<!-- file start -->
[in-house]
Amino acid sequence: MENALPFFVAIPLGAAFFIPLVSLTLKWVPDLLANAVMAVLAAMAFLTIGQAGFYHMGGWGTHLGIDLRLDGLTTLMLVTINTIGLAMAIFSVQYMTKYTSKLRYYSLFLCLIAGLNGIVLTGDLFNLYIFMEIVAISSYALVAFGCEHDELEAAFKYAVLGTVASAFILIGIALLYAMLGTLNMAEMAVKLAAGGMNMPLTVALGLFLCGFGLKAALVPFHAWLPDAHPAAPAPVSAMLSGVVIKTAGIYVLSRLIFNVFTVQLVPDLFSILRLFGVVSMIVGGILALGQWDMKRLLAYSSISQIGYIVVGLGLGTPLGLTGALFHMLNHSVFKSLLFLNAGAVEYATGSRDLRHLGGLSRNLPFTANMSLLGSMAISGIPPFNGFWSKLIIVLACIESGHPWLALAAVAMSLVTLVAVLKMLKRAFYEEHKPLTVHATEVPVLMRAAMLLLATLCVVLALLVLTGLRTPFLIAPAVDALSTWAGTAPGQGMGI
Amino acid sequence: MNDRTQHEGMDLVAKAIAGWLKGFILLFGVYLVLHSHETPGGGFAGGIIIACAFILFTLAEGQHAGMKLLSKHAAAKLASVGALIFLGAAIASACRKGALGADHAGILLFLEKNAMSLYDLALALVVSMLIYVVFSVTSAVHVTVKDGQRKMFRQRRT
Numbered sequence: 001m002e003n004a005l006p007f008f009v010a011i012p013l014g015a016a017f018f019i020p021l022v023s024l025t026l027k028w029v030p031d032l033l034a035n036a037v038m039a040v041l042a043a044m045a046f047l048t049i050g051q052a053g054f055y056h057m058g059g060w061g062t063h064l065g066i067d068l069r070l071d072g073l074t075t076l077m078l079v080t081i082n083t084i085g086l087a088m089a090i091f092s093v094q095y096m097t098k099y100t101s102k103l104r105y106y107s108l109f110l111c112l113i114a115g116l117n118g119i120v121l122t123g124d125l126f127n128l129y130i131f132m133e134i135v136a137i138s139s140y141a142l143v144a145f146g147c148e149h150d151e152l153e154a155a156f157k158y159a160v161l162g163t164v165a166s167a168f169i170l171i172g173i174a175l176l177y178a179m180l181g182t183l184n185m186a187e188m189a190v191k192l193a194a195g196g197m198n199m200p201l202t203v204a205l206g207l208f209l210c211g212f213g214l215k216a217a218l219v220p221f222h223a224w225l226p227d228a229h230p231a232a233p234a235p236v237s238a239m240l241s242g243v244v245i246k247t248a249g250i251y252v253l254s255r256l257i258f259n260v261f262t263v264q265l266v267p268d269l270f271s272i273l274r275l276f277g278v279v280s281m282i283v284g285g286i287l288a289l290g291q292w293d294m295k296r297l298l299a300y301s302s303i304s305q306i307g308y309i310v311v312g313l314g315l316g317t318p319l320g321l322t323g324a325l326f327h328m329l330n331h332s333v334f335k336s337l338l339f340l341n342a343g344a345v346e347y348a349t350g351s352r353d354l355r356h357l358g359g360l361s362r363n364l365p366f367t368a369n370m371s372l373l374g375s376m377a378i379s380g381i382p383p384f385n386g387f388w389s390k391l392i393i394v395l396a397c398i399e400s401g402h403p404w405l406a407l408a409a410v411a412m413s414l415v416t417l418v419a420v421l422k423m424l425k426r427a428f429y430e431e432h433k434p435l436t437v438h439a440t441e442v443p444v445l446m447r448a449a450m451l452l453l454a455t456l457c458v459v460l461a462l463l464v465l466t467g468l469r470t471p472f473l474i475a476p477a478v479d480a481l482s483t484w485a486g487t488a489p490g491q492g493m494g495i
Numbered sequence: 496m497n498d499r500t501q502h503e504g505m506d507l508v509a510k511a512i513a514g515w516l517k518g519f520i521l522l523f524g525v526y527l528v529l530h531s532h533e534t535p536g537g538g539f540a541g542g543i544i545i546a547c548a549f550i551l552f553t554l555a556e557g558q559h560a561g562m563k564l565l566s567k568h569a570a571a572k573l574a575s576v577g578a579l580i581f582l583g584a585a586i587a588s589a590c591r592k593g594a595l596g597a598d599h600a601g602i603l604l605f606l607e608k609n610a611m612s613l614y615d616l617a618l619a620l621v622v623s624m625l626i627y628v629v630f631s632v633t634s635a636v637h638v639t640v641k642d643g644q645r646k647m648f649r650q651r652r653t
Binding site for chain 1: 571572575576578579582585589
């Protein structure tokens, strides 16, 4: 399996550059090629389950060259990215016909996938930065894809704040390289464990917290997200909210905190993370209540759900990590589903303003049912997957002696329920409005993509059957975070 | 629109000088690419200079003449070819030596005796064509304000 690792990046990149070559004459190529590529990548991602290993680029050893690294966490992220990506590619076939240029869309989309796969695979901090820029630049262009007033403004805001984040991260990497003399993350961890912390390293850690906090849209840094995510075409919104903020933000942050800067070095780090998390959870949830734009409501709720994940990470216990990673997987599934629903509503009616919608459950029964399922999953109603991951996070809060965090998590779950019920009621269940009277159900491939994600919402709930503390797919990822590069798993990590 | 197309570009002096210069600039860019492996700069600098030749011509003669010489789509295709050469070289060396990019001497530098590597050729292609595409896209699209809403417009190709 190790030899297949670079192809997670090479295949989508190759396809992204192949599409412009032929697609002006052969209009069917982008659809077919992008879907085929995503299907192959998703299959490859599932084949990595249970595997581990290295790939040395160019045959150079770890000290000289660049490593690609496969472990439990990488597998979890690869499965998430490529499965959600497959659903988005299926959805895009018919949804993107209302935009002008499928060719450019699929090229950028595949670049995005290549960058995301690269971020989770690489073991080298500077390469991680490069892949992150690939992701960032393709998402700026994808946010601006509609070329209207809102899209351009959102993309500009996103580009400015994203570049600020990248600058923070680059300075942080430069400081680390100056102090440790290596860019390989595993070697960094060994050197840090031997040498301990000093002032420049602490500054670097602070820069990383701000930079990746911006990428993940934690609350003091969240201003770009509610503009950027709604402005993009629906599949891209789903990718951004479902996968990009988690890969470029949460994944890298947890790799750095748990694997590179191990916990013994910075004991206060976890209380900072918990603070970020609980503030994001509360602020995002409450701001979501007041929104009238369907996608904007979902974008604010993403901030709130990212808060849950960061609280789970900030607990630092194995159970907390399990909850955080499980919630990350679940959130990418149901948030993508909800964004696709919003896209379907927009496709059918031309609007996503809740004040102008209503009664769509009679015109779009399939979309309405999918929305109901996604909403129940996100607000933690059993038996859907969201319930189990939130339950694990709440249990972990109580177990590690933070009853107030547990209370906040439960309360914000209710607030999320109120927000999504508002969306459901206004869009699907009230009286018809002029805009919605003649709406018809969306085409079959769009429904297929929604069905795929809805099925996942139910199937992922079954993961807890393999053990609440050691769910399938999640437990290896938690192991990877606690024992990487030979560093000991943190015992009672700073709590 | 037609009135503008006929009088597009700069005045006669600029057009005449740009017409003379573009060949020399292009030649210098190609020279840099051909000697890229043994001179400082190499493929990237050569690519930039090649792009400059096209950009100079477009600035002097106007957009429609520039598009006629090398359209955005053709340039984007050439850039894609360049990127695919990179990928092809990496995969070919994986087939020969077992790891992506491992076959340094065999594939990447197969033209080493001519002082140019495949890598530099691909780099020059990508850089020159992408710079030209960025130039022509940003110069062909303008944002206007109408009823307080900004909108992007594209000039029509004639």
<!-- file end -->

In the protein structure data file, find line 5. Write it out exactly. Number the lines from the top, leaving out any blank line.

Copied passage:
Numbered sequence: 496m497n498d499r500t501q502h503e504g505m506d507l508v509a510k511a512i513a514g515w516l517k518g519f520i521l522l523f524g525v526y527l528v529l530h531s532h533e534t535p536g537g538g539f540a541g542g543i544i545i546a547c548a549f550i551l552f553t554l555a556e557g558q559h560a561g562m563k564l565l566s567k568h569a570a571a572k573l574a575s576v577g578a579l580i581f582l583g584a585a586i587a588s589a590c591r592k593g594a595l596g597a598d599h600a601g602i603l604l605f606l607e608k609n610a611m612s613l614y615d616l617a618l619a620l621v622v623s624m625l626i627y628v629v630f631s632v633t634s635a636v637h638v639t640v641k642d643g644q645r646k647m648f649r650q651r652r653t